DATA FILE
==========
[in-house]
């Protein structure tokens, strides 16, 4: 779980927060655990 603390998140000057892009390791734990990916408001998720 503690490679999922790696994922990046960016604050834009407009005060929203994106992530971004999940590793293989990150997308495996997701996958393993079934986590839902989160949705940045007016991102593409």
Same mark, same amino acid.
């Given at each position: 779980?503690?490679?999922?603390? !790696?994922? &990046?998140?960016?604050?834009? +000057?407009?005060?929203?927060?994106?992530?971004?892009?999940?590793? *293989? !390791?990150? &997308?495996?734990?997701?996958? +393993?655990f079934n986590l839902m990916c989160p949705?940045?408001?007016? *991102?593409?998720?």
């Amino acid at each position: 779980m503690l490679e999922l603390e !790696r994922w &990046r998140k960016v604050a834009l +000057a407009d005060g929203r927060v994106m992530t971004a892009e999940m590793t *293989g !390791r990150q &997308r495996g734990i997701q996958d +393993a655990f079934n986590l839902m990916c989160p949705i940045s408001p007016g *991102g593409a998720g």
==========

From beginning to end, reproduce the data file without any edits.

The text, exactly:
[in-house]
């Protein structure tokens, strides 16, 4: 779980927060655990 603390998140000057892009390791734990990916408001998720 503690490679999922790696994922990046960016604050834009407009005060929203994106992530971004999940590793293989990150997308495996997701996958393993079934986590839902989160949705940045007016991102593409």
Same mark, same amino acid.
């Given at each position: 779980?503690?490679?999922?603390? !790696?994922? &990046?998140?960016?604050?834009? +000057?407009?005060?929203?927060?994106?992530?971004?892009?999940?590793? *293989? !390791?990150? &997308?495996?734990?997701?996958? +393993?655990f079934n986590l839902m990916c989160p949705?940045?408001?007016? *991102?593409?998720?």
């Amino acid at each position: 779980m503690l490679e999922l603390e !790696r994922w &990046r998140k960016v604050a834009l +000057a407009d005060g929203r927060v994106m992530t971004a892009e999940m590793t *293989g !390791r990150q &997308r495996g734990i997701q996958d +393993a655990f079934n986590l839902m990916c989160p949705i940045s408001p007016g *991102g593409a998720g």